Speaking with media in Baghdad, Lieutenant General Stephen Townsend said the ongoing campaign, though it is proceeding slowly, is unfolding about as well as can be expected.
When the Mosul offensive was launched in October, some Iraqi officials said they hoped to have the city cleared by the end of the year, while more “Conservative” voices said it would take at least three to four months of street to street fighting.
With US officials estimating last year that the fight oust ISIS would take three years, Townsend’s schedule remains roughly on track.
“A fighter walking out of a building will hold a child over his head so we can see him until he reaches another building,” he said.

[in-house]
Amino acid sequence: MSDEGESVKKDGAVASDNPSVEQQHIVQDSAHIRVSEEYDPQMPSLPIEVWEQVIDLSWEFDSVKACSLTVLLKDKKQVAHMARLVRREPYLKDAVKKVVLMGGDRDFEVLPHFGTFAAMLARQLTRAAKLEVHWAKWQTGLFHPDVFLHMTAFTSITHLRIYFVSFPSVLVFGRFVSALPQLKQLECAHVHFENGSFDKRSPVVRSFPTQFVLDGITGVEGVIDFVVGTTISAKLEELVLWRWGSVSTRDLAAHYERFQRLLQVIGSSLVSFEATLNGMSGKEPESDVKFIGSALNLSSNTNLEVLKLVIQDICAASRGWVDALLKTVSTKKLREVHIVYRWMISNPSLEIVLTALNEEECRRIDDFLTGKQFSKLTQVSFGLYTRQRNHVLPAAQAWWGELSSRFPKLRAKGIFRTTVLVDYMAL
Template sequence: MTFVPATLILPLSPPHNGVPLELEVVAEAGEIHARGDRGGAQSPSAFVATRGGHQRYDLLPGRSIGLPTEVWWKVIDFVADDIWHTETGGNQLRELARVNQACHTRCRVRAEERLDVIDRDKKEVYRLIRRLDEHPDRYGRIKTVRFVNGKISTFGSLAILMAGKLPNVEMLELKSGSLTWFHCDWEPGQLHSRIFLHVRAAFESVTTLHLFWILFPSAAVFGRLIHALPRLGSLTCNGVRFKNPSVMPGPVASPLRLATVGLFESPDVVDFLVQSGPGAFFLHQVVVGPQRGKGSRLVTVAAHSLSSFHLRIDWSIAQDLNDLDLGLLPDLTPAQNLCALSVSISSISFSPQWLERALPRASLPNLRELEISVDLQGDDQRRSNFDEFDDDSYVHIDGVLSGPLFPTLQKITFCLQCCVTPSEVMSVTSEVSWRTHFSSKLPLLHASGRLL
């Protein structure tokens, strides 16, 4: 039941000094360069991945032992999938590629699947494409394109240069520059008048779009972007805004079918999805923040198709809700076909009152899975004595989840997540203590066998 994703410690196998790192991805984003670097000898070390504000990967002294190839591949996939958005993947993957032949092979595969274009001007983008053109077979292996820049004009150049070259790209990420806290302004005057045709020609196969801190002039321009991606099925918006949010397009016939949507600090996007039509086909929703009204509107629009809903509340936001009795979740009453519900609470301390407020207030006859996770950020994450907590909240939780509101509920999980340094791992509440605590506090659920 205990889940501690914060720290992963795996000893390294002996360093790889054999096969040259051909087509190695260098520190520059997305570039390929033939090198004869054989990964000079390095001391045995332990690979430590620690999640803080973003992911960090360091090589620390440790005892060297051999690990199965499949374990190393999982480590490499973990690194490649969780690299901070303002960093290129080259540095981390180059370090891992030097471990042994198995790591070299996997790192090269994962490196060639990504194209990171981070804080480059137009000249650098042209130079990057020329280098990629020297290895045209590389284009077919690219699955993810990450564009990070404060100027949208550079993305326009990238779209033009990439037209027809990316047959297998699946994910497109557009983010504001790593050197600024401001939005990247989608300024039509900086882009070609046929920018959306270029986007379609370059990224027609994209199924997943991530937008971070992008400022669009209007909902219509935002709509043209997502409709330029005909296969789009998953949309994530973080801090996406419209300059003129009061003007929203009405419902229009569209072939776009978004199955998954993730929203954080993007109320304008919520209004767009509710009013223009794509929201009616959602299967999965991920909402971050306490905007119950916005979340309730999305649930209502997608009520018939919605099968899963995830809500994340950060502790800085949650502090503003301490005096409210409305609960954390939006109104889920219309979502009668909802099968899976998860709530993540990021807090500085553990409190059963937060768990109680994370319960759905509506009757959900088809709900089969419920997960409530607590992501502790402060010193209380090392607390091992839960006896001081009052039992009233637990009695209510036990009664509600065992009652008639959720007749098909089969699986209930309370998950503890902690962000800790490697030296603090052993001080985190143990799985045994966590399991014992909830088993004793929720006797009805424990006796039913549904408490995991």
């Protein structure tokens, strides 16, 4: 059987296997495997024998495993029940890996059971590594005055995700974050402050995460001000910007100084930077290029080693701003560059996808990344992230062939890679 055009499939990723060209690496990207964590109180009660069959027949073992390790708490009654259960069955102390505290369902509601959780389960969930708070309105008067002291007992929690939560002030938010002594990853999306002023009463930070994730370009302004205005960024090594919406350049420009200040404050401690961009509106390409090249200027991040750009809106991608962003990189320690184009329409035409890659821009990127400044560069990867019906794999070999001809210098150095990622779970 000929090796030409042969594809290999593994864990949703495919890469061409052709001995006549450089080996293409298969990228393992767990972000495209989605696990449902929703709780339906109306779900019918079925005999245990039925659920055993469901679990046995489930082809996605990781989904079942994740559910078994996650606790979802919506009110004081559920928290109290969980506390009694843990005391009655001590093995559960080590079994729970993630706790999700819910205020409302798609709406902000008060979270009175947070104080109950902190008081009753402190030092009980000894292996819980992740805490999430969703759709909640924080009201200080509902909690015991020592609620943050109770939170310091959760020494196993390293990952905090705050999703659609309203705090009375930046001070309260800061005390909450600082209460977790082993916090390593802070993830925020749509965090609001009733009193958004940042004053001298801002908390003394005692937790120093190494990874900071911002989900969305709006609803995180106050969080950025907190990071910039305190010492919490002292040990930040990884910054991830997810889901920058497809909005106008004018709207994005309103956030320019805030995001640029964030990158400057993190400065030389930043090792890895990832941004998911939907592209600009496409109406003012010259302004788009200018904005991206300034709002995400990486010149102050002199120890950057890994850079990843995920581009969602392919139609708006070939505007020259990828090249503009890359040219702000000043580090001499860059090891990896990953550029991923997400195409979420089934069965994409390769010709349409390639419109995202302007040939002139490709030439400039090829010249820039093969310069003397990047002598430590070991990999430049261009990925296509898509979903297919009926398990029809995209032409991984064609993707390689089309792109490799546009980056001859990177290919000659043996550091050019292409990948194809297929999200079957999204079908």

Iraqi forces, despite assuring the media that the Mosul assault would not stop, have had to pause over the past week to resupply and take stock of the fight, in which Townsend reports they are sometimes seeing casualty rates as high as 30%. “People need to rest. They need to assess how things are going because they are not going as fast as we thought,” he told The Daily Beast.
Townsend also had rare praise for some of the more controversial members of the coalition of Iraqi forces.
A new Iraqi law will this week legalize the militia forces – some of which have been accused of war crimes in past fights – involved in the Mosul battle, Sputnik reported.